Water Levels on Lake St. Lawrence to be Temporarily Increased October 7th through 10th, While Water Levels on Lake St. Louis to be Temporarily Decreased


The International Lake Ontario-St. Lawrence River Board will temporarily reduce outflows from Lake Ontario at the Moses Saunders Dam from noon on Friday, October 7th through noon on Monday, October 10th to reach a target water level of about 73.10 meters (239.83 ft.) on Lake St. Lawrence at Long Sault Dam. 

This temporary increase in water levels on Lake St. Lawrence is intended to help people remove recreational boats more easily as the season ends.  After the flow reduction is complete at noon on Monday, October 10th, water levels will decrease once again on Lake St. Lawrence. For those needing higher levels to remove their boats, this holiday weekend will be the only opportunity.

Over the long term, Lake St. Lawrence water levels are influenced by water supplies, Lake Ontario water levels, and outflows from Lake Ontario into the St. Lawrence River. ‘The Board recognizes that water levels experienced throughout the Lake Ontario-St. Lawrence River system vary significantly depending on location but nowhere are fluctuating water levels so inescapable as experienced on Lake St. Lawrence,’ said General Peeples, United States Co-Chair of the International Lake Ontario-St. Lawrence River Board.  Water levels have been near record lows for much of the recreational boating season since early July.

Changes in wind speed and direction also have a significant influence on the water levels of Lake St. Lawrence on an hourly and daily basis. The daily mean water level has fluctuated a lot in recent weeks, from 72.86 metres (239.04 feet) on September 27th to 72.49 metres (237.82 feet) on October 2nd, a decline of 37 cm (14.6 inches) because of sustained northeast wind.  Fortunately, a southwest wind is forecast for this weekend.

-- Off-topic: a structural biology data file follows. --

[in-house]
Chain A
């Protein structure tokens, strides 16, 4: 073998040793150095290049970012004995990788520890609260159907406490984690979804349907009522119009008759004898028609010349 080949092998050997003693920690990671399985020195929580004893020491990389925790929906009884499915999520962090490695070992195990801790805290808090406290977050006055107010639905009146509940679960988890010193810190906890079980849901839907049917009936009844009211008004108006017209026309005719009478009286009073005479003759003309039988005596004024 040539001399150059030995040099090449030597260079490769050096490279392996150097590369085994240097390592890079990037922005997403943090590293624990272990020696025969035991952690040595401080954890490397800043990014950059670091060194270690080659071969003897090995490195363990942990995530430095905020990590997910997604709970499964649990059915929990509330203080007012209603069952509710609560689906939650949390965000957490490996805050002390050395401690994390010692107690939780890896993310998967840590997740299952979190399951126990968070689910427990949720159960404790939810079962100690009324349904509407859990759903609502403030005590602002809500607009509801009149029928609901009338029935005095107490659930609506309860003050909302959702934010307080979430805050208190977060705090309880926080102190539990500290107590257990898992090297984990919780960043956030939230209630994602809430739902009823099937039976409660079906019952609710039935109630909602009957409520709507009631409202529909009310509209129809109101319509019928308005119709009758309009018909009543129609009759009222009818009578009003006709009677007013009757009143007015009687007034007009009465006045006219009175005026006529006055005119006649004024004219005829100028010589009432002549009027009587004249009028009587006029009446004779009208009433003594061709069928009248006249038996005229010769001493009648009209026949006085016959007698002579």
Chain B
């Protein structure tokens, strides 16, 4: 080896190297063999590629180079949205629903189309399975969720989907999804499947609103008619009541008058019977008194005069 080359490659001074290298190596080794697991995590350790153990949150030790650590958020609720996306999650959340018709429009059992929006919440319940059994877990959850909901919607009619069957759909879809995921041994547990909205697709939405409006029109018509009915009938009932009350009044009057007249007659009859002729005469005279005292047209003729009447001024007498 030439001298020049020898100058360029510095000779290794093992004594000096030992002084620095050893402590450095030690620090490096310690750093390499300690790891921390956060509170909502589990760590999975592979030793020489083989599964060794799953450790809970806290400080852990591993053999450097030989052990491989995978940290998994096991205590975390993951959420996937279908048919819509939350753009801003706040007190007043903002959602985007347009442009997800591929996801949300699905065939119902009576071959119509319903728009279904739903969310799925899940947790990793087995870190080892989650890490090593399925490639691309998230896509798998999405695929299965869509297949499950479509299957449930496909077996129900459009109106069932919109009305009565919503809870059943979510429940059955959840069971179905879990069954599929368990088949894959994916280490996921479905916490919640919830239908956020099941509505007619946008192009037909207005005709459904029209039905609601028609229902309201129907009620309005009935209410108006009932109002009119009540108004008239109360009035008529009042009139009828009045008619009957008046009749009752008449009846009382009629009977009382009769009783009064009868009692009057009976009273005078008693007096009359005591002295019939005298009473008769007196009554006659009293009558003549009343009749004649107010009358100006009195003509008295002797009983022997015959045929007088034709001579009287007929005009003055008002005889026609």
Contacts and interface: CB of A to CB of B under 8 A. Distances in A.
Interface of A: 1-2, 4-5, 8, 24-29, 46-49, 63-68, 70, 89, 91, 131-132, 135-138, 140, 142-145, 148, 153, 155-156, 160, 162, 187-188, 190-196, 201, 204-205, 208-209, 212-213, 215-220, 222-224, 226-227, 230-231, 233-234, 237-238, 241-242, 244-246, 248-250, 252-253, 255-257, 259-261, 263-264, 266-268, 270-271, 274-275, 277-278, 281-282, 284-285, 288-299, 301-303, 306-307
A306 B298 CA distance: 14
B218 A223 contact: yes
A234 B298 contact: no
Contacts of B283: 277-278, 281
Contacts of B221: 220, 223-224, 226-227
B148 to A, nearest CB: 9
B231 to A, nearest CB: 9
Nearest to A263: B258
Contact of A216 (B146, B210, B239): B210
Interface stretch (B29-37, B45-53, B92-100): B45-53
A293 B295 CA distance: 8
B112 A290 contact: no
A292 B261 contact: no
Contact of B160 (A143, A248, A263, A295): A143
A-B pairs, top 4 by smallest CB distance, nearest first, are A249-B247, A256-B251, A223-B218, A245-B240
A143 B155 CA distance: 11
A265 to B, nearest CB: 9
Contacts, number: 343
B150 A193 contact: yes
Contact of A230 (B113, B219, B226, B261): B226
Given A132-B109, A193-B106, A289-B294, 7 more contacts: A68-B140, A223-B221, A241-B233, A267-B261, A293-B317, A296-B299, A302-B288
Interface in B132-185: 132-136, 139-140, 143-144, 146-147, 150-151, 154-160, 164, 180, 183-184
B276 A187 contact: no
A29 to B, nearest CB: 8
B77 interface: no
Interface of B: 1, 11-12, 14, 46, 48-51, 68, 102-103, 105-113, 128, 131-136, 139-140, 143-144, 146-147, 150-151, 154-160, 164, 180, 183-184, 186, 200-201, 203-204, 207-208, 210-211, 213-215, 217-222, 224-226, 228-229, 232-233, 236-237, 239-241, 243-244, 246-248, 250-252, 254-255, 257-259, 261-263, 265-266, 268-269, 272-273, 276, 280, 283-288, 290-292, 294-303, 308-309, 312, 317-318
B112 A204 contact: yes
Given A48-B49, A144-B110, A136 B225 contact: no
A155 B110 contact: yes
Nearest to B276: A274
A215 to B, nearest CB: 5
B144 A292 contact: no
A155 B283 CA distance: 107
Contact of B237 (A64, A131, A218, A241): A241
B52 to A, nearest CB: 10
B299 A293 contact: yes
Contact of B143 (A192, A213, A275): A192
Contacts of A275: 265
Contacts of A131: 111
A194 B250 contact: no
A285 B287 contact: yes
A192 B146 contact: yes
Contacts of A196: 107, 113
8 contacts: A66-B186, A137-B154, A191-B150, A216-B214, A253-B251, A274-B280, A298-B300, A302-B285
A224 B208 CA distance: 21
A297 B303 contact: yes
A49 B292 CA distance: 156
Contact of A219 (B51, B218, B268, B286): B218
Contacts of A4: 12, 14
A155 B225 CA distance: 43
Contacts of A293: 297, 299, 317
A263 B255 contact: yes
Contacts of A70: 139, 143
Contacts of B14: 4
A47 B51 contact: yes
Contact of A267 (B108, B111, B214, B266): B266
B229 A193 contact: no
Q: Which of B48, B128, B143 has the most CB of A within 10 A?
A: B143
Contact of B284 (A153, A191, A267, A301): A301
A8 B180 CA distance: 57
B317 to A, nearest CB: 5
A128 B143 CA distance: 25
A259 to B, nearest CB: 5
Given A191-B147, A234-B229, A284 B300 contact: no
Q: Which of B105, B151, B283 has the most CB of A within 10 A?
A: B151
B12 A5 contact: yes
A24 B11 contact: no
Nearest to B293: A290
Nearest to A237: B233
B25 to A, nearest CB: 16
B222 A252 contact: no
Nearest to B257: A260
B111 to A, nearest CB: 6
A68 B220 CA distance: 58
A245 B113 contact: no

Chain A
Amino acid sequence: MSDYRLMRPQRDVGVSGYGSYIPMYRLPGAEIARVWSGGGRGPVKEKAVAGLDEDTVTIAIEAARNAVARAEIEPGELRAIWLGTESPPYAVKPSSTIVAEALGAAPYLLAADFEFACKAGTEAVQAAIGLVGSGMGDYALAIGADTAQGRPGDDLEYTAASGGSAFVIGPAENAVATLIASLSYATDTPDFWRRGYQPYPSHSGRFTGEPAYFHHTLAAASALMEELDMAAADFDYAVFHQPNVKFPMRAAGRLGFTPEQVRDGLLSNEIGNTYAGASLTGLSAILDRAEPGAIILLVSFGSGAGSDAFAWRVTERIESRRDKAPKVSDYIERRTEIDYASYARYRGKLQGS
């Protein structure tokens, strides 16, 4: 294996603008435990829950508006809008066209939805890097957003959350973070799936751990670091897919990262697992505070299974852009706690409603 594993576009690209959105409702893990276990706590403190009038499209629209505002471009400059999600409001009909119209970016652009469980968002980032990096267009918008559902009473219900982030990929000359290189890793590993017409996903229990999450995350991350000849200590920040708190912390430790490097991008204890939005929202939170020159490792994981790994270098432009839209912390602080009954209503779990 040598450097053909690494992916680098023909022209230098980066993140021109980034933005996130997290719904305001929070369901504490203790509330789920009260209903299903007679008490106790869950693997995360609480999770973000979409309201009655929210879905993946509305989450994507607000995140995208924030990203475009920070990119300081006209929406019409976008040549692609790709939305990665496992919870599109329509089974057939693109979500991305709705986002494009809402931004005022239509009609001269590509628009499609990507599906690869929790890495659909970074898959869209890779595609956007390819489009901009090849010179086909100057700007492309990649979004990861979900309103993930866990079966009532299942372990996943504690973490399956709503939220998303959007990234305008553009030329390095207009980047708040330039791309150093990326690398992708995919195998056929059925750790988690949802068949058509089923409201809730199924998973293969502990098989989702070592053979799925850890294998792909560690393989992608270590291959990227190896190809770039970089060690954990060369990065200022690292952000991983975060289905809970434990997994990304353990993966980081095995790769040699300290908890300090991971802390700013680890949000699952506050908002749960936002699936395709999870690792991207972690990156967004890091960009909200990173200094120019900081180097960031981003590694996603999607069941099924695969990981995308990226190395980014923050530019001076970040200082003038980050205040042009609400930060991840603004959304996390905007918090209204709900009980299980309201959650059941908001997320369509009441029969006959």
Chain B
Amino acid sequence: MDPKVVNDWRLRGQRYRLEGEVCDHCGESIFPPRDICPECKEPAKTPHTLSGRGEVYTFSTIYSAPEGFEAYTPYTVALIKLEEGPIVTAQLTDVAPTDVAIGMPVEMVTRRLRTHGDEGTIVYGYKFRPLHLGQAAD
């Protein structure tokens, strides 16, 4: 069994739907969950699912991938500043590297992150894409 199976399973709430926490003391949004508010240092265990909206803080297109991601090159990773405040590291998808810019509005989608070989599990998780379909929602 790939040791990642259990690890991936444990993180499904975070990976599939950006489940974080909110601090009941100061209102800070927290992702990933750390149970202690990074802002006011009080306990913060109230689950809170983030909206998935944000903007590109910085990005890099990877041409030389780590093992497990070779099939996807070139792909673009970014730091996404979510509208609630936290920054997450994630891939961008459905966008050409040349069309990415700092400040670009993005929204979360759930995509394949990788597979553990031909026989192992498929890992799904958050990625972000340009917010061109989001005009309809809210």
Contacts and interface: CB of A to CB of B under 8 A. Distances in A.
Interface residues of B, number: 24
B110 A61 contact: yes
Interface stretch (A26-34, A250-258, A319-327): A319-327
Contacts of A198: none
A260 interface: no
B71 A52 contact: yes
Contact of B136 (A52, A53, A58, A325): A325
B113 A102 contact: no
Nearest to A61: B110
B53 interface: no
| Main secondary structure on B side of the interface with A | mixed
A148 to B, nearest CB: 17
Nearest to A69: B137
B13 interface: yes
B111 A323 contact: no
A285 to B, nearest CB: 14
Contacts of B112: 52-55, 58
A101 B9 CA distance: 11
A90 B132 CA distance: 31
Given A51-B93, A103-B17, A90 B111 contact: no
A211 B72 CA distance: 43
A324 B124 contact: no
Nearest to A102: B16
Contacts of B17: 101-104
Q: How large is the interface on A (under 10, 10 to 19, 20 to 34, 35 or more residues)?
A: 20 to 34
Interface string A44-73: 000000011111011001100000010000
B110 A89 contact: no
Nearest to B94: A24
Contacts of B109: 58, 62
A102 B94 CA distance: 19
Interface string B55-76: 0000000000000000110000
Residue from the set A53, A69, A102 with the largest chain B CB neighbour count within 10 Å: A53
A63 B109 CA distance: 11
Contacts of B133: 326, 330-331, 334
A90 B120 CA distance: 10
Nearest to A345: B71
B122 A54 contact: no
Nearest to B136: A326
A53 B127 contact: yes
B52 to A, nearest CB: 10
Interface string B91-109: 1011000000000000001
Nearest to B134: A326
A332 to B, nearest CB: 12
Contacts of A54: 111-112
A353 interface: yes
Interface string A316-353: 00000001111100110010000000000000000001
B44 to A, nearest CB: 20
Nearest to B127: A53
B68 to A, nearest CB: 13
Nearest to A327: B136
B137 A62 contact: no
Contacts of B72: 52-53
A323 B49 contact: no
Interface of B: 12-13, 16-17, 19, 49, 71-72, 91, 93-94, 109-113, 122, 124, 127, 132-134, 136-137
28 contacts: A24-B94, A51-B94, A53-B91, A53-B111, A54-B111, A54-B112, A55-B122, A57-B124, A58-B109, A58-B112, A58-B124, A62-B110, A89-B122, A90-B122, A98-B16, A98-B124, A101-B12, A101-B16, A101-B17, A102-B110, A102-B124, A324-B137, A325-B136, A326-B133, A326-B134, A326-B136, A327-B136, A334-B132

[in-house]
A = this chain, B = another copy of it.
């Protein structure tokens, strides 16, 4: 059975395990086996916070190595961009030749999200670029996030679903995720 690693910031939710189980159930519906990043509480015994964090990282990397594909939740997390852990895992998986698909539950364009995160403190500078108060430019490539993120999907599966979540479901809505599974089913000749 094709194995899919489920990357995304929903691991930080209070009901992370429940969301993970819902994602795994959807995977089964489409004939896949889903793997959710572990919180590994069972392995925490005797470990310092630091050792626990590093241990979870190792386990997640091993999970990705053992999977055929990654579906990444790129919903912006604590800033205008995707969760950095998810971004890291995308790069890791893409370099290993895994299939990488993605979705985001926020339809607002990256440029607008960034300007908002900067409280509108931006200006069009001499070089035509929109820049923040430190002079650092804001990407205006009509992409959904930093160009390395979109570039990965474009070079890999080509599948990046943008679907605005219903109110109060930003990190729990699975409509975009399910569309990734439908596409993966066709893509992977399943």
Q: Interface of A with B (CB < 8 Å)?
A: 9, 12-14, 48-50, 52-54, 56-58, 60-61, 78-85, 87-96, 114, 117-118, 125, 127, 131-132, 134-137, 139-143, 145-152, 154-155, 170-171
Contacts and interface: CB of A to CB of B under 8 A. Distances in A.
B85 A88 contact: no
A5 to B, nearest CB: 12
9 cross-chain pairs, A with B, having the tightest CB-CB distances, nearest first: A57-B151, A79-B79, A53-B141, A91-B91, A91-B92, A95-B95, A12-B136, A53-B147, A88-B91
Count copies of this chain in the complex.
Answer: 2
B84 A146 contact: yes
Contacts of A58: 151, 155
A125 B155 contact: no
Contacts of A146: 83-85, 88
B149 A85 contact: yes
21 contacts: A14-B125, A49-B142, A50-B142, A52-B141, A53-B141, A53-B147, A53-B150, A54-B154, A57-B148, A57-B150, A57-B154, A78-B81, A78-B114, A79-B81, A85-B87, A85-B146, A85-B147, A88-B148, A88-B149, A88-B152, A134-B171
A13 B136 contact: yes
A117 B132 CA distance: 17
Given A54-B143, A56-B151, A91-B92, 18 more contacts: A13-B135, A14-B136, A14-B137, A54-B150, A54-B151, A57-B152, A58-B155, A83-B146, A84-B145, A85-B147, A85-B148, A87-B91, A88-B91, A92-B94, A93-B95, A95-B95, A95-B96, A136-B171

Lake St. Lawrence is a man-made widening in the St. Lawrence River that was constructed to manage the Moses-Saunders Dam.  Good recreational boating conditions were not a primary design use of the Moses Saunders Dam and therefore cannot be guaranteed every season,’ said Mr. David Harper, Canadian Co-Chair of the International Lake Ontario-St. Lawrence River Board.  All boaters are encouraged to be mindful of weather conditions, maintain safe boating practices, and be prepared to adapt to the full range of water levels that have been observed historically.    

There will be a temporary decrease in water levels downstream at Lake St. Louis and Montreal of approximately 30 cm (11.8 in.) over the weekend. There will be no impact to water levels in Deux-Montagnes Lake or any locations further upstream along the Ottawa River.

Water levels on Lake Ontario are expected to be less than one centimeter (0.8 cm) or approximately one third of one inch (0.31 in) higher than they otherwise would be as a result of the reduced outflows. 

As required by the IJC’s Directive, the small amount of water that will be maintained on Lake Ontario during this temporary flow decrease will be completely offset in the coming months as conditions permit. The discretionary flow reduction is permitted by Plan 2014 and considered a minor deviation. 

Information on hydrologic conditions, water levels and outflows, including graphics and photos, are available on the Board’s website at https://www.ijc.org/en/loslrb and posted to the Board’s Facebook page at https://www.facebook.com/InternationalLakeOntarioStLawrenceRiverBoard.





The International Lake Ontario-St. Lawrence River Board ensures that outflows from Lake Ontario meet the requirements of the International Joint Commission's Orders of Approval. Under any regulation plan, the ability to regulate the outflow from Lake Ontario does not mean that full control of lake levels is possible. This is because the major factors affecting water supply to the Great Lakes, precipitation, evaporation, and runoff cannot be controlled, and are difficult to accurately predict.